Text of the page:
Women-Only Cardiac Rehab May Be Beneficial for Women

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Women-only cardiac rehab programs may have behavioral and psychosocial advantages for women.
Women-only cardiac rehab programs may have behavioral and psychosocial advantages for women.

(HealthDay News) — Women-only cardiac rehabilitation programs may confer behavioral and psychosocial advantages for women, according to a study published in the Canadian Journal of Cardiology.

Liz Midence, from York University in Toronto, and colleagues examined whether participation in women-only cardiac rehab results in better outcomes than other models. Low-risk cardiac patients were recruited and surveyed regarding their health behaviors and psychosocial well-being. A total of 169 eligible participants were randomly allocated to mixed-sex, women-only, or home-based cardiac rehab; 116 patients were retained.

The researchers found that women in mixed-sex and women-only cardiac rehab groups had increased self-reported physical activity (per protocol and as treated, P<.05), and improvement in quality of life (per protocol and as treated, P<.05). Women in the women-only cardiac rehab group had improvement in diet (as treated, P<.05).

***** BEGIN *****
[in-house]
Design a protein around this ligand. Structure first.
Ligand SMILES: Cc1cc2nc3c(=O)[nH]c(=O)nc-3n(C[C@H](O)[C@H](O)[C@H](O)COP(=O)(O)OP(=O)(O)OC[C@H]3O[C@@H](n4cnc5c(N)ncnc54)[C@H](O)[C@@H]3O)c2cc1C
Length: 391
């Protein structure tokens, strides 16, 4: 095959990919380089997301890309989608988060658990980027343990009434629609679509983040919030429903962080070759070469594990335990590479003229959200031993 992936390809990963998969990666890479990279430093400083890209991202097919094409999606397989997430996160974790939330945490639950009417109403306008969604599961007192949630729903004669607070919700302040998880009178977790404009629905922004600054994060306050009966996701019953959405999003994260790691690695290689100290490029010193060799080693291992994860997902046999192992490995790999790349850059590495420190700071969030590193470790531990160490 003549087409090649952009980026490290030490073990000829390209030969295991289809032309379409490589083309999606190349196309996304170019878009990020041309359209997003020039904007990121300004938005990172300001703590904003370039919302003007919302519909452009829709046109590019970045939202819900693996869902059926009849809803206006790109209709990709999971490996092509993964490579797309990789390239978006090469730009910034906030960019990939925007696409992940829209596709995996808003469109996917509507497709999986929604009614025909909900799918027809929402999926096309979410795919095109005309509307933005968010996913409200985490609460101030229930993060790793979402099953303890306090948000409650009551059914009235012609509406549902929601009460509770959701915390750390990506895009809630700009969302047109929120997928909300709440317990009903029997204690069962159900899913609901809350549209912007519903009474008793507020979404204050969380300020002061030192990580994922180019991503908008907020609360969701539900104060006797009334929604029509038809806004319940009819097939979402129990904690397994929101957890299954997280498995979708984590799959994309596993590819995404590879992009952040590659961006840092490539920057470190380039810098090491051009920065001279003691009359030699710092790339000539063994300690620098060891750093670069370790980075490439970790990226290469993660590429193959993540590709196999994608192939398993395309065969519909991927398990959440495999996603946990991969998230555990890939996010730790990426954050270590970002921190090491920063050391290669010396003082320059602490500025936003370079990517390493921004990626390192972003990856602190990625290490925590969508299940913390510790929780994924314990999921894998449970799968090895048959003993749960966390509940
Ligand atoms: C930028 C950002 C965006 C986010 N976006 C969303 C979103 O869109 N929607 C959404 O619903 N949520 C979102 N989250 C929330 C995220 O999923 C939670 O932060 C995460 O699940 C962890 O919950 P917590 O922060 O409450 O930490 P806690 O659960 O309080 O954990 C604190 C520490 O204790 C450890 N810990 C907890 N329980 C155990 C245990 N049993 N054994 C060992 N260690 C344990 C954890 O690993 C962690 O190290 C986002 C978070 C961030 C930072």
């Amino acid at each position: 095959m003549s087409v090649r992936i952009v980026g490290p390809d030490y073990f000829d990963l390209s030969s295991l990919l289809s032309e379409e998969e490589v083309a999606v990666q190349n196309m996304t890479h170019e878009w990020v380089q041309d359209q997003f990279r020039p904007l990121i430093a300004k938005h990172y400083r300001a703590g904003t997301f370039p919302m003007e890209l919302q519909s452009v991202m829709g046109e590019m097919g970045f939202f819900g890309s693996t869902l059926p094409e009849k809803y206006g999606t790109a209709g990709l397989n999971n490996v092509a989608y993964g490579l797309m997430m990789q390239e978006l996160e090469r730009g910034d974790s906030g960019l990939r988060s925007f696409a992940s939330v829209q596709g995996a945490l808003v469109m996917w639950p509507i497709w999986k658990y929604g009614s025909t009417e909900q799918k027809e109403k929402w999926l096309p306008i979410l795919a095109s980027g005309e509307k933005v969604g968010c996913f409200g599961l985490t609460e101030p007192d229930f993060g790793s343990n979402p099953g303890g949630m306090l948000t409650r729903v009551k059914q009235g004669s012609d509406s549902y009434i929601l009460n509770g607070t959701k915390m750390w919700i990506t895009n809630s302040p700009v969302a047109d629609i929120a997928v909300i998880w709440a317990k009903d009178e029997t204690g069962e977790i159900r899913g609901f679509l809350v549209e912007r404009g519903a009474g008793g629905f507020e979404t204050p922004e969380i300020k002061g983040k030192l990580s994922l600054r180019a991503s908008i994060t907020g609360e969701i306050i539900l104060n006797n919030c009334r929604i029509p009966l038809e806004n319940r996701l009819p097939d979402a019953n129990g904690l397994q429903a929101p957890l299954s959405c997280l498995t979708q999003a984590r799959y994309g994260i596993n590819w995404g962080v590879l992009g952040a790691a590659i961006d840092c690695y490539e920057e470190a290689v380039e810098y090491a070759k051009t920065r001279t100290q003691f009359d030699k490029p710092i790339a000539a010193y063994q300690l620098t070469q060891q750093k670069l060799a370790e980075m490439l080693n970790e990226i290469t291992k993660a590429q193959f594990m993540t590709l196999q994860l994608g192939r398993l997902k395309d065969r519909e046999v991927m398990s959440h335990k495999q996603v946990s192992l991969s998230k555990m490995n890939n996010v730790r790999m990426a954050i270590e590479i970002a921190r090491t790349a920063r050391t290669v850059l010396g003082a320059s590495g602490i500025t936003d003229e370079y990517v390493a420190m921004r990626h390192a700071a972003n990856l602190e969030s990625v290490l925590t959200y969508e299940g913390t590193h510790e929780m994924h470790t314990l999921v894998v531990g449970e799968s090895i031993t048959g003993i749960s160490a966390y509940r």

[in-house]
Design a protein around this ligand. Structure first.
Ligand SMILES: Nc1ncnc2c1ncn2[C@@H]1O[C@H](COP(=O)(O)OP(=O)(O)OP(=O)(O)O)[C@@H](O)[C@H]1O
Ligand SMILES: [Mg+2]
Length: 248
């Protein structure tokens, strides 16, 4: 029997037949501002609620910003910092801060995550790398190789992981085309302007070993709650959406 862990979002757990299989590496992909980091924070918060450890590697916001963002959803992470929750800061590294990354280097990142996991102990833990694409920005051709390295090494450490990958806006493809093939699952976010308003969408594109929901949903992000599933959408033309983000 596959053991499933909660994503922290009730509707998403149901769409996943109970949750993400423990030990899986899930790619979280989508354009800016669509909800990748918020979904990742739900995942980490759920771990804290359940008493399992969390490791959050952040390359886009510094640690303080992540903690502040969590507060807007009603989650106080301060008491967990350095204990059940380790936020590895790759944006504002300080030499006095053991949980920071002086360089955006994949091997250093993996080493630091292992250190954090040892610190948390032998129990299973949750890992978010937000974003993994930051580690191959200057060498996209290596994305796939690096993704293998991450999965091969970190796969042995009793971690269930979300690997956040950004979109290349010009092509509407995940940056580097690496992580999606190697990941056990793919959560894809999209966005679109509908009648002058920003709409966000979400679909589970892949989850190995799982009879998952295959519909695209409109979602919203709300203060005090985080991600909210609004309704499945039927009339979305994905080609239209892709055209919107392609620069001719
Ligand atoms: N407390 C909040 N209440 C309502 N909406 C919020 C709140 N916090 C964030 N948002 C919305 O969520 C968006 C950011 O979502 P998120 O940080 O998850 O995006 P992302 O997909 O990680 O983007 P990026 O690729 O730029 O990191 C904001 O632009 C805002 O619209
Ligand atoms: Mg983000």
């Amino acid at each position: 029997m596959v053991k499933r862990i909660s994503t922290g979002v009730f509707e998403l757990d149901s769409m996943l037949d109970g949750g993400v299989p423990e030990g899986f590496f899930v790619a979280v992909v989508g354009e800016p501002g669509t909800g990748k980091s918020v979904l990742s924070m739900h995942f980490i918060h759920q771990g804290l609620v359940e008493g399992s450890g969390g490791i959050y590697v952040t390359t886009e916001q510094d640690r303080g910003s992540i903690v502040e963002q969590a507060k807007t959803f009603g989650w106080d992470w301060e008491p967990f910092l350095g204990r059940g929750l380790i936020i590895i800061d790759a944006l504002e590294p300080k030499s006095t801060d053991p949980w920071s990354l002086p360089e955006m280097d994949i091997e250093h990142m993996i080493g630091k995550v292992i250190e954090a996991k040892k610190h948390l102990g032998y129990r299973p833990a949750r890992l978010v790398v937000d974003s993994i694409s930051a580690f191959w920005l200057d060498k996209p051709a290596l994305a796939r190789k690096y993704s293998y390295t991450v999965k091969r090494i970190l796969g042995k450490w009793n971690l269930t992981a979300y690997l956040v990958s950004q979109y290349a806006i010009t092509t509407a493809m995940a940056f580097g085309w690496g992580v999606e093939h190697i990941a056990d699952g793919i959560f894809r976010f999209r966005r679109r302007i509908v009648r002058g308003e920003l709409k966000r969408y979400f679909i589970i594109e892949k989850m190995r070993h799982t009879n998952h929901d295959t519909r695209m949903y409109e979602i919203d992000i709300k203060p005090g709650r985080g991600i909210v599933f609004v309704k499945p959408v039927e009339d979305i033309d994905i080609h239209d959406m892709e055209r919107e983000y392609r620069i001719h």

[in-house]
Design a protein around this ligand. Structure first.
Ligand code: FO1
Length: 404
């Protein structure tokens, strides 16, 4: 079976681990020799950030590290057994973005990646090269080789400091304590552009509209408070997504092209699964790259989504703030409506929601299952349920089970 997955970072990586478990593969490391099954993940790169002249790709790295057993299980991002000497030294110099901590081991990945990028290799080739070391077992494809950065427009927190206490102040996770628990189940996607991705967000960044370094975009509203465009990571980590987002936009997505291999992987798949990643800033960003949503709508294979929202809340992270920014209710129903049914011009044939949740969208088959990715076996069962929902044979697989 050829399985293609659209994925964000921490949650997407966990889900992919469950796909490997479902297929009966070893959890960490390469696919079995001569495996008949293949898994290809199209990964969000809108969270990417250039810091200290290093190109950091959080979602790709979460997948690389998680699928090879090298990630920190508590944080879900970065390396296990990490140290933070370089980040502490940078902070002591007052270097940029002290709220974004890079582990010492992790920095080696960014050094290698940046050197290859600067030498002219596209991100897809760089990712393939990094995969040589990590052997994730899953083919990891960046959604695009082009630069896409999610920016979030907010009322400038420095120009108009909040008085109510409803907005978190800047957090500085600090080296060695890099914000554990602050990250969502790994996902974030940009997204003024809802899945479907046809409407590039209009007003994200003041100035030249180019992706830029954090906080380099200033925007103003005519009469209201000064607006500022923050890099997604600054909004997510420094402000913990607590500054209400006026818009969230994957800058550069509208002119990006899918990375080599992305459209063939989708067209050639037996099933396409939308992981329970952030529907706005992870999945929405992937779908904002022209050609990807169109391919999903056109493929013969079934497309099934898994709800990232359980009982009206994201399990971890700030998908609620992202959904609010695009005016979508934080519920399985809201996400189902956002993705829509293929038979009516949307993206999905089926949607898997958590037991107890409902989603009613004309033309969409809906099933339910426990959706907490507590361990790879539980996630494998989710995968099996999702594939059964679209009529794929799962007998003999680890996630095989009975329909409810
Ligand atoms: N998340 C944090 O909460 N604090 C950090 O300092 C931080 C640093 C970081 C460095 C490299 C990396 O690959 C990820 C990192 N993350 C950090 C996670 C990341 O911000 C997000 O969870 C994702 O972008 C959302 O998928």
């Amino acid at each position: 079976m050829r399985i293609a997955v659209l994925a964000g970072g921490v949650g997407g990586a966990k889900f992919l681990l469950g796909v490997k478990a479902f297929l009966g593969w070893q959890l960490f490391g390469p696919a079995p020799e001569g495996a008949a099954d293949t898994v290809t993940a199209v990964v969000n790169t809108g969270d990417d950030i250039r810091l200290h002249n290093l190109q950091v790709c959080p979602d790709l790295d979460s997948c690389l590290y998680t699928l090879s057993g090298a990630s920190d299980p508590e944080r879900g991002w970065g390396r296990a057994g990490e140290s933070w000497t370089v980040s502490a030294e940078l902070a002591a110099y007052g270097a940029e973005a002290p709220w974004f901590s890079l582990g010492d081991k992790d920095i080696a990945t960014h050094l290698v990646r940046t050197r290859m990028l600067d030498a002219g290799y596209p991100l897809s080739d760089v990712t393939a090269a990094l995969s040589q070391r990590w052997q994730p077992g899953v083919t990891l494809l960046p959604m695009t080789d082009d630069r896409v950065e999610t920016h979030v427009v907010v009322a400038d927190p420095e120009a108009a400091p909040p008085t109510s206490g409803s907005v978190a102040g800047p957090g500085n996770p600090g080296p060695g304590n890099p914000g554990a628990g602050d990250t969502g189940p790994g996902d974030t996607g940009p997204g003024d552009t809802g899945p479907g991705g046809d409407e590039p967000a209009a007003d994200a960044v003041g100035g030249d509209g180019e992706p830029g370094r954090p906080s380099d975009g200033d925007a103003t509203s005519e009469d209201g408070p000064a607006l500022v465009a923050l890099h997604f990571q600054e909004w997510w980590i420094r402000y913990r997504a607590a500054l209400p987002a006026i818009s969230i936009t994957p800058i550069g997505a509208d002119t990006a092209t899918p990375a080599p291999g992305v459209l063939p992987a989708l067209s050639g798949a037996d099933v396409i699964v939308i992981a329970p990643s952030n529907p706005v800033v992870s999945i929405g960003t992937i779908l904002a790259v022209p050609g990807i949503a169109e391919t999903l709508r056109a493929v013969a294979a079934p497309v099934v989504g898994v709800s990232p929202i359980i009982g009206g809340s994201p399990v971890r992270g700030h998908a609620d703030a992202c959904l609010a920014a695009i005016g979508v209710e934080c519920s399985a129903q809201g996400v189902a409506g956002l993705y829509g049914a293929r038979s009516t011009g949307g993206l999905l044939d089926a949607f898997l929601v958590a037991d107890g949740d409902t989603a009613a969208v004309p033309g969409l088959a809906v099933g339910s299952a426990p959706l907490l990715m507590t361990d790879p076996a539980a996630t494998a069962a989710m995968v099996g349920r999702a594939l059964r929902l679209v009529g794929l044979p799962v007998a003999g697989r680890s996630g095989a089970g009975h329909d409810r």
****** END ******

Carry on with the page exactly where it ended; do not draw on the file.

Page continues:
Compared with women in the women-only cardiac rehab group, women in the mixed-sex cardiac rehab group had higher anxiety symptoms (per protocol, P=.017) and higher depressive symptoms (as treated, P=.001). 

After adjustment for confounding variables there were no significant differences in any outcome by model.

"Behavioral and psychosocial outcomes were largely equivalent regardless of model; however, women-only programs may confer an advantage for anxiety and depressive symptoms," the researchers wrote.

Reference

  1. Midence L, Arthur HM, Oh P, Stewart DE, Grace SL. Women's Health Behaviours and Psychosocial Well-Being by Cardiac Rehabilitation Program Model: A Randomized Controlled Trial. Can J Cardiol. 2016. doi:10.1016/j.cjca.2015.10.007.
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